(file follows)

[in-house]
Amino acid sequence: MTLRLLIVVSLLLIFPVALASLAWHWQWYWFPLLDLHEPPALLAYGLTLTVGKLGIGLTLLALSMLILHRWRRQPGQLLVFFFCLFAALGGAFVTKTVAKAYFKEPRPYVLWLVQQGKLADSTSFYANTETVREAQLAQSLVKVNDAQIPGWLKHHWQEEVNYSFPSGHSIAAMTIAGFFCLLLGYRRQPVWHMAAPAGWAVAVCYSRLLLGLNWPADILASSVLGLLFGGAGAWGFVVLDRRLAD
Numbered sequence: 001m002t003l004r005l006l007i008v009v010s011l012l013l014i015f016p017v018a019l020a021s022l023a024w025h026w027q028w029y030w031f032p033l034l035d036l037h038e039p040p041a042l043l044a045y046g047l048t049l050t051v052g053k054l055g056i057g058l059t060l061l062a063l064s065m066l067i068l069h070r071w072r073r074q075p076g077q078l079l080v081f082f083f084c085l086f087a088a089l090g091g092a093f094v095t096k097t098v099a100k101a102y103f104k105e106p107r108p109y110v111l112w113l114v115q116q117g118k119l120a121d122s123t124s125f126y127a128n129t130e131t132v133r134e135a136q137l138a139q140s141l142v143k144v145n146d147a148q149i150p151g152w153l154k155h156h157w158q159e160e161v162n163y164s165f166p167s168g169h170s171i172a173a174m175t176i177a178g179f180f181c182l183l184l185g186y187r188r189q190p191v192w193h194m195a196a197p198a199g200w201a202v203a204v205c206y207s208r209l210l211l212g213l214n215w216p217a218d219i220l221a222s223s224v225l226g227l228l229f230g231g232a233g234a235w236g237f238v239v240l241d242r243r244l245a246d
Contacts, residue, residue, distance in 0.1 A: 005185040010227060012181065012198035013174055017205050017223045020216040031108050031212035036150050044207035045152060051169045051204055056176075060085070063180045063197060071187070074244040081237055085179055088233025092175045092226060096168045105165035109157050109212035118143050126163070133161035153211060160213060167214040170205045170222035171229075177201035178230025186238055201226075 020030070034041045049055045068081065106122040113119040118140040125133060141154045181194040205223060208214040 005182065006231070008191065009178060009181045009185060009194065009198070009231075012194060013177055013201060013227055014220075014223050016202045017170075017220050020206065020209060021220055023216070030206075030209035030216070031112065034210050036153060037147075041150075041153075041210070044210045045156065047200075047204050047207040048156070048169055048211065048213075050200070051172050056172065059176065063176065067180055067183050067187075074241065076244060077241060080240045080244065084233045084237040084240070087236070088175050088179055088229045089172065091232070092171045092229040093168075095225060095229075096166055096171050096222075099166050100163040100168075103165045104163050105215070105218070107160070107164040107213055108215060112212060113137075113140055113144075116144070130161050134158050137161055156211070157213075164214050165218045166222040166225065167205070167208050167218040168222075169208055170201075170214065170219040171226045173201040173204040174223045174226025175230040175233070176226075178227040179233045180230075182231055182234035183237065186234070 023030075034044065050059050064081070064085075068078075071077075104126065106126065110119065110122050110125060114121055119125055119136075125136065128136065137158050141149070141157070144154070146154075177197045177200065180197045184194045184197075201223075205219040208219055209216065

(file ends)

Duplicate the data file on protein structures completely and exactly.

[in-house]
Amino acid sequence: MTLRLLIVVSLLLIFPVALASLAWHWQWYWFPLLDLHEPPALLAYGLTLTVGKLGIGLTLLALSMLILHRWRRQPGQLLVFFFCLFAALGGAFVTKTVAKAYFKEPRPYVLWLVQQGKLADSTSFYANTETVREAQLAQSLVKVNDAQIPGWLKHHWQEEVNYSFPSGHSIAAMTIAGFFCLLLGYRRQPVWHMAAPAGWAVAVCYSRLLLGLNWPADILASSVLGLLFGGAGAWGFVVLDRRLAD
Numbered sequence: 001m002t003l004r005l006l007i008v009v010s011l012l013l014i015f016p017v018a019l020a021s022l023a024w025h026w027q028w029y030w031f032p033l034l035d036l037h038e039p040p041a042l043l044a045y046g047l048t049l050t051v052g053k054l055g056i057g058l059t060l061l062a063l064s065m066l067i068l069h070r071w072r073r074q075p076g077q078l079l080v081f082f083f084c085l086f087a088a089l090g091g092a093f094v095t096k097t098v099a100k101a102y103f104k105e106p107r108p109y110v111l112w113l114v115q116q117g118k119l120a121d122s123t124s125f126y127a128n129t130e131t132v133r134e135a136q137l138a139q140s141l142v143k144v145n146d147a148q149i150p151g152w153l154k155h156h157w158q159e160e161v162n163y164s165f166p167s168g169h170s171i172a173a174m175t176i177a178g179f180f181c182l183l184l185g186y187r188r189q190p191v192w193h194m195a196a197p198a199g200w201a202v203a204v205c206y207s208r209l210l211l212g213l214n215w216p217a218d219i220l221a222s223s224v225l226g227l228l229f230g231g232a233g234a235w236g237f238v239v240l241d242r243r244l245a246d
Contacts, residue, residue, distance in 0.1 A: 005185040010227060012181065012198035013174055017205050017223045020216040031108050031212035036150050044207035045152060051169045051204055056176075060085070063180045063197060071187070074244040081237055085179055088233025092175045092226060096168045105165035109157050109212035118143050126163070133161035153211060160213060167214040170205045170222035171229075177201035178230025186238055201226075 020030070034041045049055045068081065106122040113119040118140040125133060141154045181194040205223060208214040 005182065006231070008191065009178060009181045009185060009194065009198070009231075012194060013177055013201060013227055014220075014223050016202045017170075017220050020206065020209060021220055023216070030206075030209035030216070031112065034210050036153060037147075041150075041153075041210070044210045045156065047200075047204050047207040048156070048169055048211065048213075050200070051172050056172065059176065063176065067180055067183050067187075074241065076244060077241060080240045080244065084233045084237040084240070087236070088175050088179055088229045089172065091232070092171045092229040093168075095225060095229075096166055096171050096222075099166050100163040100168075103165045104163050105215070105218070107160070107164040107213055108215060112212060113137075113140055113144075116144070130161050134158050137161055156211070157213075164214050165218045166222040166225065167205070167208050167218040168222075169208055170201075170214065170219040171226045173201040173204040174223045174226025175230040175233070176226075178227040179233045180230075182231055182234035183237065186234070 023030075034044065050059050064081070064085075068078075071077075104126065106126065110119065110122050110125060114121055119125055119136075125136065128136065137158050141149070141157070144154070146154075177197045177200065180197045184194045184197075201223075205219040208219055209216065